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Pandering to pot lobby

EDITOR: Compared to the scores of letters from residents calling out the numerous problems associated with the county’s plan to weave thousands of commercial pot facilities throughout our rural neighborhoods, how many letters have you seen from the pot industry, which stands to make millions under the current ordinance, extolling the virtues and benefits of having this sort of commercial activity next to our homes?

I challenge any of the applicants for a commercial cannabis permit to sit down with my neighbors and explain why having a big-fence commercial pot compound 300 feet from the bedroom windows of their children would be good for their welfare, safety, property values and already depleted groundwater. This reality is about to happen to hundreds of families throughout the county, and this is just the beginning. Object now, not after the problem has become systemic.

Contact your supervisors. Attend Tuesday’s board meeting. The supervisors work for all of us, not just the cannabis industry, yet the board is rushing to get the industry up and running, pandering to the powerful cannabis lobby at the expense of neighbors.

PHOEBE LANG

Petaluma

Build the crossing

EDITOR: Staff Writer Kevin McCallum’s article about the stalled Jennings Avenue SMART railroad crossing was depressing and infuriating, especially for those of us who have gathered signatures, convened a neighborhood meeting with the California Public Utilities Commission, attended Santa Rosa City Council meetings, printed flyers and obtained approval from all concerned (“Officials stall on crossing,” Saturday).

The excuse that SMART is giving — safety — doesn’t pass the smell test. The status quo, with no Jennings crossing, is far more dangerous for pedestrians, especially schoolchildren, who are forced to walk 20 minutes out of their way to cross the tracks on busy Guerneville Road or College Avenue.

Our neighborhood has been cut in half, and east-west pedestrian/bicycle access has been stymied, but why? SMART’s leadership is evidently holding back its real reason for stonewalling. The city should simply build the crossing, as it has every legal right to do.

RICHARD HEINBERG

Santa Rosa

Threatening Americans

EDITOR: So now Donald Trump is threatening a government shutdown if he does not get his wall at the Mexican border (“Trump sees no problem in shutting government,” Tuesday). Presumably, he is threatening the American people as the government is supposed to be the true representatives of the people. When kings threaten their own people, the next step is often a military one. Is that his next step? It’s time to knock the crown off this spoiled child and be done with him.

IAN ELLIOTT

Sebastopol

A divisive law

EDITOR: I’m still reeling from the Israeli government’s official designation of Israel as a nation state for Jews only (“New law deepens divide,” July 20). What about the 20 percent of its Palestinian population, supposedly Israeli citizens? Or the more than 200,000 Palestinians in East Jerusalem, annexed by Israel in 1967. And the 5 million Palestinians in the West Bank and Gaza?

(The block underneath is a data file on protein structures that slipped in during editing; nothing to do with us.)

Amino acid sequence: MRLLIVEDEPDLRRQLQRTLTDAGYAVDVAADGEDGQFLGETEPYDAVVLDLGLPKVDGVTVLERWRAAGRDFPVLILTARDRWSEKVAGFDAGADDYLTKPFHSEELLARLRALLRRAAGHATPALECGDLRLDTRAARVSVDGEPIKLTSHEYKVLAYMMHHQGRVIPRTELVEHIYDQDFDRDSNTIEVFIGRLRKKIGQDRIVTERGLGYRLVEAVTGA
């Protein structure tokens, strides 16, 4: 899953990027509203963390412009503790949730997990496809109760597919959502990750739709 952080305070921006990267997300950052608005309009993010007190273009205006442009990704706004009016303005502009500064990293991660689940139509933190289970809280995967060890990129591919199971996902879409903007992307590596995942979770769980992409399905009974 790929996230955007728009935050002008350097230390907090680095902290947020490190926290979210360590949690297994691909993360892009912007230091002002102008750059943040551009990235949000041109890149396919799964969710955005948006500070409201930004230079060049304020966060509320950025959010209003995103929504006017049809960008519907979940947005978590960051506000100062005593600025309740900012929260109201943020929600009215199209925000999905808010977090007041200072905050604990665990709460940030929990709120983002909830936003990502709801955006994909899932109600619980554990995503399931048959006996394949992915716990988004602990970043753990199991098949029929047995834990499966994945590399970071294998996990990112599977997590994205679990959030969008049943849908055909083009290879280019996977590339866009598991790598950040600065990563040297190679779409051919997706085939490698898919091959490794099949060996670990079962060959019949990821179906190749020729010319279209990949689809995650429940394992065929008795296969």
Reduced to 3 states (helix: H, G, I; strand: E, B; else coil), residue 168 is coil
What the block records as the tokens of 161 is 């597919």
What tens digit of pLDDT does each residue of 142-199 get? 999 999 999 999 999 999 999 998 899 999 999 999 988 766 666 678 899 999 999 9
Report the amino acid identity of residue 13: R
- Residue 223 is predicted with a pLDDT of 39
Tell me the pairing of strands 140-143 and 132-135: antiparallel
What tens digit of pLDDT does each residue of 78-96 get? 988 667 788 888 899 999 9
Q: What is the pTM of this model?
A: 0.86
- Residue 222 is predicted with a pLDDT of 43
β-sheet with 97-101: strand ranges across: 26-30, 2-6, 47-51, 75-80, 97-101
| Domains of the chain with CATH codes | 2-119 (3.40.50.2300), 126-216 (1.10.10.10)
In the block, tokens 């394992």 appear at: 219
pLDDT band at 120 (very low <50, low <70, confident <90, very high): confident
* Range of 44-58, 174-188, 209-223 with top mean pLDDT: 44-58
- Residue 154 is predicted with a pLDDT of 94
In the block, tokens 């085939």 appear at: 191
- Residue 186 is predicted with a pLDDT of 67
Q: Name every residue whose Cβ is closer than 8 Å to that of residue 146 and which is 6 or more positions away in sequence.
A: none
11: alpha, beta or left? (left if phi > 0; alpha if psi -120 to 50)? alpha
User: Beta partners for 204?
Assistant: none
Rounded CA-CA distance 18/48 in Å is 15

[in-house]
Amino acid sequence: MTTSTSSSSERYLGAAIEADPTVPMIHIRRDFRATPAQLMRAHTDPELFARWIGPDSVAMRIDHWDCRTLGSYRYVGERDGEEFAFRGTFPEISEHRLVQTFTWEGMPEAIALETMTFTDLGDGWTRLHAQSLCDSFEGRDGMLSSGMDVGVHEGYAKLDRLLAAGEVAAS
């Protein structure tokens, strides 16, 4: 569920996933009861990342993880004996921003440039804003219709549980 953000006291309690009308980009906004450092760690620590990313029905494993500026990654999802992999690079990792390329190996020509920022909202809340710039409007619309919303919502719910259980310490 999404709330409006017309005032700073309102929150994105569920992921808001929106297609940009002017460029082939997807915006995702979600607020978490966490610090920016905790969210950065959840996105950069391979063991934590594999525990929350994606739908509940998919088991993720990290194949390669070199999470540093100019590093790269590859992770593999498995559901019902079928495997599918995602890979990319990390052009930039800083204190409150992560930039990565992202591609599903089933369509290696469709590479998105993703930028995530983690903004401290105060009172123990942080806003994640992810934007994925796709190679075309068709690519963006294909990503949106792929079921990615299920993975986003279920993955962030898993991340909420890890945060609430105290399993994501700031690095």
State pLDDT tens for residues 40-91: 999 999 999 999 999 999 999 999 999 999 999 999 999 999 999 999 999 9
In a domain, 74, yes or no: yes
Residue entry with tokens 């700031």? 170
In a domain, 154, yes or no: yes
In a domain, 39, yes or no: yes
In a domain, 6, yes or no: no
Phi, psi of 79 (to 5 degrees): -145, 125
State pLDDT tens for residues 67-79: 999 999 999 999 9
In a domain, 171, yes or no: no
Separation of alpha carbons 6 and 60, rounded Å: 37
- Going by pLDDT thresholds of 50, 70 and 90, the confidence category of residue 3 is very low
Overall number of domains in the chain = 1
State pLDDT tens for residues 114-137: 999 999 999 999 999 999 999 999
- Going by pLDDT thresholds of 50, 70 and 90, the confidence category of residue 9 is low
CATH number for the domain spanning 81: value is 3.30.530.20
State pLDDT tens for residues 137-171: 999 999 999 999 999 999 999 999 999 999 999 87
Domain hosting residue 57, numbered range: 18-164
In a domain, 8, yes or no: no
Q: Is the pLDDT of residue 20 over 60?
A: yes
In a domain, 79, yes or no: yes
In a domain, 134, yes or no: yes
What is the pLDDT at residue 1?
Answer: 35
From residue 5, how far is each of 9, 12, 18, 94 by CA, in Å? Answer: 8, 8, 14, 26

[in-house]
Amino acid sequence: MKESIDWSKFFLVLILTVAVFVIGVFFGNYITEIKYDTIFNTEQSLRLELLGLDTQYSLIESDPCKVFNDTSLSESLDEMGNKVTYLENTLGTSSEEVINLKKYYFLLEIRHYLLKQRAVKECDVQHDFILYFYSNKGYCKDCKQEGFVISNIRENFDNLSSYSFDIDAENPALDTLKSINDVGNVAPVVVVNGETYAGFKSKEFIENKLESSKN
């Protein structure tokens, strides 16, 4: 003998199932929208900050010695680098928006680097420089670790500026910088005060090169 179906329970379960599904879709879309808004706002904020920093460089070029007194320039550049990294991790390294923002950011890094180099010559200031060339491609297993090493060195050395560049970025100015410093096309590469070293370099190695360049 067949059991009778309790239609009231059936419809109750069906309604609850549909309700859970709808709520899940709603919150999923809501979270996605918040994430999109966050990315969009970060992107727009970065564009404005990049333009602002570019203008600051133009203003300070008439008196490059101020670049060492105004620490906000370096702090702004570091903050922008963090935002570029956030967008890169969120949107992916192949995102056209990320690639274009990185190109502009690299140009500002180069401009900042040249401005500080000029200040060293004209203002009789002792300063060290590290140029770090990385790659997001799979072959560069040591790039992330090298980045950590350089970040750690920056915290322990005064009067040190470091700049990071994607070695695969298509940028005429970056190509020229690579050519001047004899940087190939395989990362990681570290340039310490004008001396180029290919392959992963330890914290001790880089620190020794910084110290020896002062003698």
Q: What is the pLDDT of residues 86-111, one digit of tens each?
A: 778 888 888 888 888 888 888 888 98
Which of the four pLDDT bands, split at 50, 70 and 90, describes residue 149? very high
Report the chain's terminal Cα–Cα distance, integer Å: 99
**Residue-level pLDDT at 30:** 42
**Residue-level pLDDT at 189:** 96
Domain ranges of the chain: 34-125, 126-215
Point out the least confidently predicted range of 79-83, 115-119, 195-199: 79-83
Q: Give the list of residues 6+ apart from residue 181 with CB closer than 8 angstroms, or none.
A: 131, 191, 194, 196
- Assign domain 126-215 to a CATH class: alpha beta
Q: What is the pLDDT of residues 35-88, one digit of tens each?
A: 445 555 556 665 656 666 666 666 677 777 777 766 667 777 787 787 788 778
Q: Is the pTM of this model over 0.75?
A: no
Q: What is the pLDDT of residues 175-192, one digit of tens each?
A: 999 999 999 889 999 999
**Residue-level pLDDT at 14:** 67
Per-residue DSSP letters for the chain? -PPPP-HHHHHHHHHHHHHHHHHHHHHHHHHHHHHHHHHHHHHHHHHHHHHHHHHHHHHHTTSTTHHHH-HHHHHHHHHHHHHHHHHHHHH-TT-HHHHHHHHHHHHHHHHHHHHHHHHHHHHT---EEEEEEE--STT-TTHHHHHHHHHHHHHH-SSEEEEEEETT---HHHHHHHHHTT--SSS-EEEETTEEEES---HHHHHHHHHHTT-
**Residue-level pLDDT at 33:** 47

What will happen to these indigenous non-Jews, Muslims and Christian Palestinians? What will happen to their ancestral lands and homes, which under this law no longer belong to them but to Israeli settlers?

My grandfather had olive groves near Ramallah, the best of which are lost to us. Other family members had many acres of beautiful orange groves in Jaffa, which they lost, too. Are Palestinians not human beings with basic human rights? How long before we are brave and honest enough to admit that Zionism is racism and that a Jewish state cannot be democratic?

Better than supporting the self-destructive state Israel has become, we should be encouraging it to do the work of healing from its past, rather than inflicting its festering pain on the Palestinians.

I have a bumper sticker that reads “All lands are holy, every people is sacred.” This I believe and practice. What about you?

THERESE MUGHANNAM-WALRATH

Santa Rosa

Kiribati isn’t sinking

EDITOR: Joshua Keating’s article in Sunday’s Forum section (“An island nation sinks as climate changes”) wasn’t supported by science within the article. An examination or the particulars of Kiribati shows why.

First, tide gauge information for that area of the Pacific shows fluctuations predominantly caused by El Niños, not climate change. Information from two Kiribati tide gauges: sea level at Christmas Island was higher in 1982 and 1997 than in any year since; Kanton Island had higher sea levels eight times before 2016, and the highest was in 1997.

The author also doesn’t know the physics of coral islands, which grew as sea level rose over 400 feet in the past 18,000 years as the 100,000-year glacial period (ice age) ended. Recent photo and satellite studies have found that a majority of Pacific coral atolls are the same size or have grown in the past half-century as sea level has risen at a modest rate of 4 inches per century with no sign of acceleration.

The article you published was alarmism without any climate change science.

MICHAEL COMBS

Gualala

Farm bailout

EDITOR: I was absolutely disgusted to see this headline in last Wednesday’s Nation/World section: “Trump to pay farmers $12 billion.” Again, the taxpayers must bear the burden of his ignorant leadership. And what will we hear from Congress? Probably just another, “Our thoughts and prayers are with you.”

KAREN McMILLEN

Santa Rosa

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